“In that era,” insofar as their standing in flesh was concerned, the believers among the nations, “the nations in flesh,” were “apart from Christ, being alienated from the citizenship of Israel”; they were “guests of the promise covenants, having no expectation, and [were] without God in the world” (Eph.2:12). After all, the sonship and the glory and the covenants and the legislation and the divine service, were Israel’s; whose are the fathers, and out of whom is the Christ according to the flesh (Rom.9:4,5). At that time, neither the revelation of the secret (Eph.3:6) nor of the celestial allotment (Eph.1:3,18) which is for the ecclesia which is Christ’s body had been made known. Consequently, the place and destiny of these Gentile believers to whom Paul ministered–entirely apart from the covenant of the law and yet in strict accord with the new revelations which he alone had received from the risen Christ–was most enigmatic (cf 1 Cor.13:12). There was, therefore, a great need for further unfoldings of knowledge to the Corinthians, beyond the limited instalment which Paul had already made known to them, that they might more clearly apprehend their true place and purpose.
Even then, however, the Corinthians were the body of Christ (1 Cor.12:27), for God placed the members, each one of them, in the body (1 Cor.12:18). As Paul said, “in one spirit also we all are baptized into one body, . . . and all are made to imbibe one spirit” (1 Cor. 12:13). Being baptized in holy spirit (cf Acts 1:5), even at Pentecost, was a separate matter from speaking in languages, which was also granted to the twelve. “And they are filled with holy spirit, and they begin to speak in different languages” (Acts 2:4).
It is perfectly false to equate either baptism in holy spirit, or filling with holy spirit, with speaking in languages. Both “baptism” and “filling” associated with holy spirit may readily be conferred entirely apart from any gift of languages (cp Acts 6:8,10; 7:55; 1 Cor.12:13; Eph.5:18). Conversely, one may well experience modern pseudo “tongues” apart from even the baptism of the spirit, much less its filling, while imagining that he has received both.
At the time 1 Corinthians was written, the spiritual endowments then granted were given to each “with a view to expedience” (1 Cor.12:7). In that era, it was expedient that some should exercise these various abilities associated with prophecy, language and knowledge, for the word of God had not yet fully been made known. Consequently, it was then true that “out of an instalment are we knowing and out of an instalment are we prophesying” (1 Cor.13:9).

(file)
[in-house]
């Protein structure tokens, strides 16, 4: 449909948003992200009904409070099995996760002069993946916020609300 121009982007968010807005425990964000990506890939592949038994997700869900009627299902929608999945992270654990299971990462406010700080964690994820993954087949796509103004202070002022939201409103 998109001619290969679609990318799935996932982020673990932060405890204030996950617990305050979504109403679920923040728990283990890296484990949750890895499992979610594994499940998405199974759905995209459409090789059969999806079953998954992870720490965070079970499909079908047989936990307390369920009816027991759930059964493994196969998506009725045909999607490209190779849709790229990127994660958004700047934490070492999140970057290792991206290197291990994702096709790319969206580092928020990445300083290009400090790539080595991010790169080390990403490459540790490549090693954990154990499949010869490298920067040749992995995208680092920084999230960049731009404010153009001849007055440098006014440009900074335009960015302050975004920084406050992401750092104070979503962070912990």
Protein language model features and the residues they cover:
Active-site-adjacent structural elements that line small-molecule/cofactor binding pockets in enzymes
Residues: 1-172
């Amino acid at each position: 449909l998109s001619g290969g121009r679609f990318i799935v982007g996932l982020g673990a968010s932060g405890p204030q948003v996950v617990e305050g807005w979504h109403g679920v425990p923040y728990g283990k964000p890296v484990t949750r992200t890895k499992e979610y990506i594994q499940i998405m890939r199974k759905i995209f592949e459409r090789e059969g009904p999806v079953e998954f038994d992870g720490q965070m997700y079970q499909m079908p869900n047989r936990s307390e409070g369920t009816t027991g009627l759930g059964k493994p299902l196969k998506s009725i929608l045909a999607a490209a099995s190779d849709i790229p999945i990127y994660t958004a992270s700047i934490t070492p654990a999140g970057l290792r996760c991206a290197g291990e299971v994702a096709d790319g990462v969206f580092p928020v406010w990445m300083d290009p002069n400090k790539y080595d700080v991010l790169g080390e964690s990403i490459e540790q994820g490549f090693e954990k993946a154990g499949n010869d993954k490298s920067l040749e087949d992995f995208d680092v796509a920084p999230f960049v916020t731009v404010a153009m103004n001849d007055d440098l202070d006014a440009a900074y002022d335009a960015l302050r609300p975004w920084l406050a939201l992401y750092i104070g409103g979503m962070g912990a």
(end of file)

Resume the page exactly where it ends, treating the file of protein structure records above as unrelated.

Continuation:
Similarly, it was also true, then, “in that era,” that speaking in languages, while in need of strict regulation that all might occur “respectably and in order” (1 Cor.14:40), was not to be forbidden. “So that, my brethren, be [being] zealous to be prophesying, and the speaking in languages do not [be] forbid[ding]” (1 Cor.13:39).
The words “zealous” and “forbid” are in the incomplete verb form (as indicated in the CV by the vertical stroke preceding them). Their reference is to the conduct of the Corinthians at the time then present.
It should also be noted that Paul had by no means instructed every individual believer either to be prophesying or to be speaking in languages. Those to whom God had not given these special graces could hardly exercise gifts which they did not possess. While the Corinthians were to be “zealous for” (cp 1 Cor.14:1, 39) all the spiritual endowments that God had truly given, they were not, unlike so many today, to crave, seek after, or plead for personal, supernatural or miraculous powers.
In the Greek, the sense of Paul’s words is that the Corinthian believers, at present, were to be being zealous for “the . . . prophesying,” and were not to be forbidding “the . . . speaking . . . in languages” in which some were able to engage. That is, all were to be exercising zeal concerning the revelations which God was making known to them through those certain ones among them who were specially graced with the gift of prophecy. Likewise, no one was to be forbidding those who actually had a gracious gift of language from exercising it, even within the ecclesia.
In deference to the immaturity of the Corinthian believers, Paul had granted that, when they came together, if “two, or, at the most, three” wished to speak in a language, they had permission to do so. Yet, if they should thus speak, they were not to make a long, uninterrupted testimony in the language, but only to speak “by instalments”; that is, in brief phrases or sentences, so that someone who was able to “interpret” (i.e., “translate,” 1 Cor.12:10) might readily do so for the sake of those hearing (1 Cor.14:27).
While Paul did not wish anyone to forbid those with a gift of language from engaging in a conservative exercise of the gift while within the assembly, he did make his own will, and example, known, saying, “I thank God that I speak in a language more than all of you. But, in the ecclesia, do I want to speak five words with my mind, that I should be instructing others also, or ten thousand words in a language?” (1 Cor.14:18,19). By immediately adding the words, “Brethren, do not become little children in disposition. But in evil be minors, yet in disposition become mature” (1 Cor. 14:20), he intimated that it was certainly immature, even for that day, to fail to follow his example with regard to the exercise of this gift.
Just as it is true that certain of the Corinthians once exercised gifts of prophesy, language and knowledge, it is equally true that “whenever the maturity may be coming, that which is out of an instalment shall be discarded” (1 Cor.13:10). It is not simply “maturity,” but “the” maturity (the Greek contains the definite article). In fact, in the Greek, “maturity” is an adjective, “mature.” Therefore, “the mature” is used elliptically, the figure in which that which obviously constitutes the subject at hand is omitted for the sake of good diction, in order to avoid redundancy.